Defining and Delimiting Engineering Problems: Humanity faces major global challenges today, such as the need for supplies of clean water and food or for energy sources that minimize pollution, which can be addressed through engineering. These global challenges also may have manifestations in local communities HS-ETS1.A2:

Performance Expectations

Earth's Systems: Analyze geoscience data to make the claim that one change to Earth's surface can create feedbacks that cause changes to other Earth systems. HS-ESS2-2:

Earth and Human Activity: Evaluate or refine a technological solution that reduces impacts of human activities on natural systems. HS-ESS3-4:

This material was developed and reviewed through the InTeGrate curricular materials development process. This rigorous, structured process includes:

  • team-based development to ensure materials are appropriate across multiple educational settings.
  • multiple iterative reviews and feedback cycles through the course of material development with input to the authoring team from both project editors and an external assessment team.
  • real in-class testing of materials in at least 3 institutions with external review of student assessment data.
  • multiple reviews to ensure the materials meet the InTeGrate materials rubric which codifies best practices in curricular development, student assessment and pedagogic techniques.
  • review by external experts for accuracy of the science content.

This page first made public: May 23, 2016


In this unit, students explore the ongoing conflict over Texaco's role in contamination from crude oil production as operator of an oil production consortium in Ecuador between 1964 and 1992. By studying the environmental contamination committed by oil companies in Ecuador, students will evaluate how hazardous substances affect humans and the environment. This unit includes perspectives from indigenous communities as well as from Chevron. Students also work with the scientific concepts of soil permeability and groundwater flow, to recommend strategies for evaluating potential levels of contamination in the region.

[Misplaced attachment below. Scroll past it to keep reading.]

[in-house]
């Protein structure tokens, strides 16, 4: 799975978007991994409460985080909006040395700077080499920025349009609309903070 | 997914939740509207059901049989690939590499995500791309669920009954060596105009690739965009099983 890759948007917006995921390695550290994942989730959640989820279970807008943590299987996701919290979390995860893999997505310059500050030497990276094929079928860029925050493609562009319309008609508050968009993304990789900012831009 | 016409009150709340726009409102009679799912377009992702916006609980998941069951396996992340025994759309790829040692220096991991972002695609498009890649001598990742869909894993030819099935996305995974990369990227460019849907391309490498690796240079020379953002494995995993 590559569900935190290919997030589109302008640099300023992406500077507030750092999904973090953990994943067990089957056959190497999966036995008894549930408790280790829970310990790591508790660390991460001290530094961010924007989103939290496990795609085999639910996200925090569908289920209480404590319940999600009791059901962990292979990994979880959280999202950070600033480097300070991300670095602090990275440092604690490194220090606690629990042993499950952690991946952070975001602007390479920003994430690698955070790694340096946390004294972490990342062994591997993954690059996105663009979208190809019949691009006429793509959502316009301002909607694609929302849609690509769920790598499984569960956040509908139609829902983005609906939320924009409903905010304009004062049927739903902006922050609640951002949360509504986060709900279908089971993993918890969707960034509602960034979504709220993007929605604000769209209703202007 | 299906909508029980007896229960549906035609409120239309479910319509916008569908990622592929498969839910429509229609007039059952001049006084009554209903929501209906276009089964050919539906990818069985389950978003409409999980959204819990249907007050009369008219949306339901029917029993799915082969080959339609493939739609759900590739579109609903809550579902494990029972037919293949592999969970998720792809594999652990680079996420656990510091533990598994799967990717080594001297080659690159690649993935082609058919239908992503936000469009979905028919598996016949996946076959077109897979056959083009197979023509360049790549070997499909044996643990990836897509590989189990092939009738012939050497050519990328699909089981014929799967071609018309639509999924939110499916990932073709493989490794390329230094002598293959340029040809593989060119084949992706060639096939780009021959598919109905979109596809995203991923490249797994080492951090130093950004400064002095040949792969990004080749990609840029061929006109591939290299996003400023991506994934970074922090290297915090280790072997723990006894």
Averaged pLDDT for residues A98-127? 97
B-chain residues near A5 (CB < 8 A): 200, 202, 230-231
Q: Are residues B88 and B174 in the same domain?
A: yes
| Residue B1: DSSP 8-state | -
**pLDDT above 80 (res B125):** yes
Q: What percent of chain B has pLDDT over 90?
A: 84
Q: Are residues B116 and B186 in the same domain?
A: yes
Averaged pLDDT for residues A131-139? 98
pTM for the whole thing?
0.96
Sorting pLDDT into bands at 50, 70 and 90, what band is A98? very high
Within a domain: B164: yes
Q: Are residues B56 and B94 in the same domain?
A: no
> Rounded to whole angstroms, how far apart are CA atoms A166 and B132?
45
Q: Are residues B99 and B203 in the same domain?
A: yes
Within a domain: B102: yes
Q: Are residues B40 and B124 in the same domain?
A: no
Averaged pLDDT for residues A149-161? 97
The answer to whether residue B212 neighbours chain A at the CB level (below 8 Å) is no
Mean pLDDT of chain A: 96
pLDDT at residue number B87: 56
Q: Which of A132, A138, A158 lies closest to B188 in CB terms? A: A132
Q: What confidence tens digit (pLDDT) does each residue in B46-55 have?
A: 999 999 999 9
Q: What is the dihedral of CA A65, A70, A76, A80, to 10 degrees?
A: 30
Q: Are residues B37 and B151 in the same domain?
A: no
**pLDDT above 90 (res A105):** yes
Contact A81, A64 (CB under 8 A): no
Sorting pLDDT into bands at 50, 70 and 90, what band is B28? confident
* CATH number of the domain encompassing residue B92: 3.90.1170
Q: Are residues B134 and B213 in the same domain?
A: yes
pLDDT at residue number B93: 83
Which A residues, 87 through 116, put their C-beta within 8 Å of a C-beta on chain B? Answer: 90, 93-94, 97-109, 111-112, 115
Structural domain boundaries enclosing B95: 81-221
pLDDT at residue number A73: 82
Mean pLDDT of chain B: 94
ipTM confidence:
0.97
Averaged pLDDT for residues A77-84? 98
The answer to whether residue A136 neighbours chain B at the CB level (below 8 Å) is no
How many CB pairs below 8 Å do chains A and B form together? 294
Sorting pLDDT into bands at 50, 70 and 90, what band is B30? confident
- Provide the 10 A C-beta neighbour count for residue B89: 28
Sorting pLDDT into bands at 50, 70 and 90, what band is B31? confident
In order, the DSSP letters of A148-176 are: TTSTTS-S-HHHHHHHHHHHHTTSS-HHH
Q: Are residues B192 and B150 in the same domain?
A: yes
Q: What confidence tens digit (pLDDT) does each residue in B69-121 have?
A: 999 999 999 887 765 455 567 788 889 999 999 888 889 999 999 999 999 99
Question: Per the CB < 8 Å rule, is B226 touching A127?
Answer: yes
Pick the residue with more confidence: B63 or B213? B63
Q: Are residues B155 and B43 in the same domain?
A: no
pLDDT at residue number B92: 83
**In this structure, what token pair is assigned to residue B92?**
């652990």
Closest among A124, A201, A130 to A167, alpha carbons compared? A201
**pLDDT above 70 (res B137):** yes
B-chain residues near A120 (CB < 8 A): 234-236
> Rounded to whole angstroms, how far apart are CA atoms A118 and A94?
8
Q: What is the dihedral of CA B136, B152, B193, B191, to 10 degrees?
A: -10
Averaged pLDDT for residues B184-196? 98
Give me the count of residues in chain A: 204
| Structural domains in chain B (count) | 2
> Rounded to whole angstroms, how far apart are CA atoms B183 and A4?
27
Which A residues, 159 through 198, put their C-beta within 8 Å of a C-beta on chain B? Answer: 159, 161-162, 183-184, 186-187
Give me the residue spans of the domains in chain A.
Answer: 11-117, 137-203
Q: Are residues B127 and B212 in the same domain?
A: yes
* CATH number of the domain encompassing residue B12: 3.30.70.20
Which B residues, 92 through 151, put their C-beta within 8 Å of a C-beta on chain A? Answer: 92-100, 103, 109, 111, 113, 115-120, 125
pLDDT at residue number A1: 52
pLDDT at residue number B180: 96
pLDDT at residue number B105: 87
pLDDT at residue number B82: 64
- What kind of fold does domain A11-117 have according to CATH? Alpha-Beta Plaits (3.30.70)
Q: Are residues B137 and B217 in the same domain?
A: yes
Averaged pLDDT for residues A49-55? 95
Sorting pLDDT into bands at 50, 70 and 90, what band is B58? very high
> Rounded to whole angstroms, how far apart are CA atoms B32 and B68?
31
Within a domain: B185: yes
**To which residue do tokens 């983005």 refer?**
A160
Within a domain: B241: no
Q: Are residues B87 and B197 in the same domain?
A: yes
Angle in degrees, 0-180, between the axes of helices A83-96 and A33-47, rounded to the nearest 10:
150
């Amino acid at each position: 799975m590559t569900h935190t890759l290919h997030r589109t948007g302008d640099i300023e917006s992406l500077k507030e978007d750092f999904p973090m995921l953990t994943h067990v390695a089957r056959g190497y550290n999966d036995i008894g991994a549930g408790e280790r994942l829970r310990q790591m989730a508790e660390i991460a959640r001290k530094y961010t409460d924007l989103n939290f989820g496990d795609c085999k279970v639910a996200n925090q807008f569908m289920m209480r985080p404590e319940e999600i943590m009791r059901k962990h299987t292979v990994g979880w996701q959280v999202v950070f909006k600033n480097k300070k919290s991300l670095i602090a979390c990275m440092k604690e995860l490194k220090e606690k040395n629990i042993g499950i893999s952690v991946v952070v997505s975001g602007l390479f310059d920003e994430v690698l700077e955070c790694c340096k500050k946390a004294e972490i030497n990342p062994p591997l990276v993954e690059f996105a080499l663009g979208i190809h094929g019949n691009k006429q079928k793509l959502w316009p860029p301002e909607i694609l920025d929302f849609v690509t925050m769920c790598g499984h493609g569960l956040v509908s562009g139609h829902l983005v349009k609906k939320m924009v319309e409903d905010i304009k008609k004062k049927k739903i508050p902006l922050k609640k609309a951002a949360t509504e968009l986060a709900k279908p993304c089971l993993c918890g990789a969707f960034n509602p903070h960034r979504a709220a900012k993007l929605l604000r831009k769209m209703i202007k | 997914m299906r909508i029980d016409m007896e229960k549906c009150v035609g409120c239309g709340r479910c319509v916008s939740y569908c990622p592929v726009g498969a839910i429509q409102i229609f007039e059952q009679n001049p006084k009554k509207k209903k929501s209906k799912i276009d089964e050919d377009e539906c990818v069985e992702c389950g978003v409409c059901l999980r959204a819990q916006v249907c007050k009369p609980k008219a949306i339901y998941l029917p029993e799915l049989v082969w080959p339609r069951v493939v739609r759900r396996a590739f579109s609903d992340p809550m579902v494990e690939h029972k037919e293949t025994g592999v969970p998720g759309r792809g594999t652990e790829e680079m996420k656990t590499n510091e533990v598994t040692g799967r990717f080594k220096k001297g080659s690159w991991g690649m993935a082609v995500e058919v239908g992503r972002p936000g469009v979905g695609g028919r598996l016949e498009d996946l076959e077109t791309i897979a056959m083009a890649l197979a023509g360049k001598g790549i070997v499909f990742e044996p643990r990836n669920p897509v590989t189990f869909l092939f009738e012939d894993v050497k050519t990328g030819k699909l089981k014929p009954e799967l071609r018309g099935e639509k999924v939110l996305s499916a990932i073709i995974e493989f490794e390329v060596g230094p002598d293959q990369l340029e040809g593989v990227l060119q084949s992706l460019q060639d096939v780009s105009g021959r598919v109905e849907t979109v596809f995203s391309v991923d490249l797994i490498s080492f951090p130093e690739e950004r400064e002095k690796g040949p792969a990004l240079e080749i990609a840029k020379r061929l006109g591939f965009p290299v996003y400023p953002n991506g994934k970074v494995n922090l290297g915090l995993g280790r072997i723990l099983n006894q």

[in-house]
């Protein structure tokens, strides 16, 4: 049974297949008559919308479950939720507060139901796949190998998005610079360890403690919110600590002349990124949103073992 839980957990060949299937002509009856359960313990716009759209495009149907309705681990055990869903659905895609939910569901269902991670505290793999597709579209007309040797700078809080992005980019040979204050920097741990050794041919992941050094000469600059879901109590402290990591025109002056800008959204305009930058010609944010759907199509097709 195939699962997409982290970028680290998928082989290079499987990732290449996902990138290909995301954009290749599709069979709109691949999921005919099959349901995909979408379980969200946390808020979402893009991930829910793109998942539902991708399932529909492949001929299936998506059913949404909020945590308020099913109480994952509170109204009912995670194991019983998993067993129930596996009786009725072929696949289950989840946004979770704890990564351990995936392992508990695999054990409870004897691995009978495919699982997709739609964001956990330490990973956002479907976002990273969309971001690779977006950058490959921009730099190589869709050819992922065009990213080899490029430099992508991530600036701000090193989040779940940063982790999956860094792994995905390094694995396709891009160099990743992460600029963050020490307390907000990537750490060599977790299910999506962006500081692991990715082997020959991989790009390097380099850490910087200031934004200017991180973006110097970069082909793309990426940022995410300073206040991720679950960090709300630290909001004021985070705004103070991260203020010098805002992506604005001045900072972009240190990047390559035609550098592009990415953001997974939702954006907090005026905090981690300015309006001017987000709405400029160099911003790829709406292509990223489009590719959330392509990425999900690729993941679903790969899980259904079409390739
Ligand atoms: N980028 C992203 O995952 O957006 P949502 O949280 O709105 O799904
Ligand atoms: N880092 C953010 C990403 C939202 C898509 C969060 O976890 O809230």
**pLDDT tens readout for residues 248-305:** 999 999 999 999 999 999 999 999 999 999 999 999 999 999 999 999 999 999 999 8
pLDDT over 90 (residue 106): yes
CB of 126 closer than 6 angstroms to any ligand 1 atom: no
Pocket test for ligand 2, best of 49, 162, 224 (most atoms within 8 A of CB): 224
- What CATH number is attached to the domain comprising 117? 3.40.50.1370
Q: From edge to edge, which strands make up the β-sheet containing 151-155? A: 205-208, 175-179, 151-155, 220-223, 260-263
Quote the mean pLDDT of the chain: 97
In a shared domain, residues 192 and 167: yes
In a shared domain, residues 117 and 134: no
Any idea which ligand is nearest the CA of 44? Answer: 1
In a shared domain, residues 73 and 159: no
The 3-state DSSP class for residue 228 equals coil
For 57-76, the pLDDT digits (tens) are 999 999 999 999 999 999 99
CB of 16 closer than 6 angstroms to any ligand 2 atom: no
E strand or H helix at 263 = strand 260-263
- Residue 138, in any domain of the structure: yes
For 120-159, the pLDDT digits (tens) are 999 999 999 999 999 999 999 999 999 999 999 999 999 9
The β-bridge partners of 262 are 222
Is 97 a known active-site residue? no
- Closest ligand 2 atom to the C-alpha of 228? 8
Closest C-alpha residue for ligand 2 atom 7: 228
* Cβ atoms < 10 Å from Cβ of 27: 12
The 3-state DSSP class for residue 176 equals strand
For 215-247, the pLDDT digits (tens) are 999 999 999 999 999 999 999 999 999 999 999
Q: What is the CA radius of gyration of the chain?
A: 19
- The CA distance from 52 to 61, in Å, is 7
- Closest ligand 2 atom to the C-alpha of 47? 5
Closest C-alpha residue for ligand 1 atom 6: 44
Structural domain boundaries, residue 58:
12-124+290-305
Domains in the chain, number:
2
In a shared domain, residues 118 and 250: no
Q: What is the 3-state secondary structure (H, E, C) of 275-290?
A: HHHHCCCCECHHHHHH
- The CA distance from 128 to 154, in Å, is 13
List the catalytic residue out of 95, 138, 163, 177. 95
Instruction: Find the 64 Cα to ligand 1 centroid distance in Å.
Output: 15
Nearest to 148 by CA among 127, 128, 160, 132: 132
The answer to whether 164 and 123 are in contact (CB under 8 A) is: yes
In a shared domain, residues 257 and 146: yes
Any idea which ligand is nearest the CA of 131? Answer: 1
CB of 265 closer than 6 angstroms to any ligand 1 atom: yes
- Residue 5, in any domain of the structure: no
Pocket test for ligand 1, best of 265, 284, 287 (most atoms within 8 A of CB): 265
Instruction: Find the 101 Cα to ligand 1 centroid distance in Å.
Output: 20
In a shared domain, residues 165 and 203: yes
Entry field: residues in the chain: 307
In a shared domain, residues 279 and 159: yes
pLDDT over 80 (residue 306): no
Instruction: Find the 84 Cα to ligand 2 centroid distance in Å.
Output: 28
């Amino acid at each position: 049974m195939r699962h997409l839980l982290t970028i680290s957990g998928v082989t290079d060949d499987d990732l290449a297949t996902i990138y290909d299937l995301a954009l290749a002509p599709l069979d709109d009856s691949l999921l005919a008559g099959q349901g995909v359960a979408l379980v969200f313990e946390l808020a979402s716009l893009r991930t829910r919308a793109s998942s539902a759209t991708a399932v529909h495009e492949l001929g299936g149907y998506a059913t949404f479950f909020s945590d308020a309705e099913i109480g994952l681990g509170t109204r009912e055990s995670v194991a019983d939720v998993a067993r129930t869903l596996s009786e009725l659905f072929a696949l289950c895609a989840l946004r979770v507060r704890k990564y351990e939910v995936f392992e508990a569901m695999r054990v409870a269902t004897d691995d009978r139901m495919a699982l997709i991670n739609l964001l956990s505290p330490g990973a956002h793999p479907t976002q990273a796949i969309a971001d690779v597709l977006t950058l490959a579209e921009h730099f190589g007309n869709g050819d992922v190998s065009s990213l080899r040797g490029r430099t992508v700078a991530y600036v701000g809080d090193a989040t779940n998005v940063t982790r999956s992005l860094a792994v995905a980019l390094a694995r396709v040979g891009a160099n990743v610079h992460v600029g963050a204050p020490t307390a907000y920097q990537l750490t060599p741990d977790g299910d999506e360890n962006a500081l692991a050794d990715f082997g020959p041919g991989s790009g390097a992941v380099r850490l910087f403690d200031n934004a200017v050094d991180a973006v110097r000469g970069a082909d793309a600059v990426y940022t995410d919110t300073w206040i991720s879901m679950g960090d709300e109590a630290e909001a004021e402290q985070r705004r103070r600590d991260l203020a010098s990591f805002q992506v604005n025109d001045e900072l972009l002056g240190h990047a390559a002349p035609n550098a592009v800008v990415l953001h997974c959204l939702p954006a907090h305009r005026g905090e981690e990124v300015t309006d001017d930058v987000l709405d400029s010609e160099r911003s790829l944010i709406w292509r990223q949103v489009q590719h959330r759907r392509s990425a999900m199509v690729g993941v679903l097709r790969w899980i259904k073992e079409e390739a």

Learning Goals

Unit 5 activities support the module goals of being able to articulate the principles of environmental justice as they relate to examples of water scarcity and contamination in varied geographic locations and proposing potential solutions to inequitable access to clean water based on principles of the water cycle.

The specific learning objectives for this unit align with the World Readiness Standards for Learning Languages as follows:

  • Communication:
    • Interpersonal Communication: Spanish language learners interact and negotiate meaning in spoken conversations to share information, reactions, and opinions about the social and environmental impact of contamination committed by oil companies in Ecuador.
    • Interpretive Communication: Spanish language learners understand, interpret, and analyze what is heard, read, or viewed regarding the history and perspectives regarding the Texaco-Chevron case in Ecuador.
  • Cultures:
    • Relating Cultural Practices to Perspectives: Spanish language learners use the language to investigate, explain, and reflect on the relationship between the practices and perspectives of indigenous communities in the Amazon as they relate to water resources.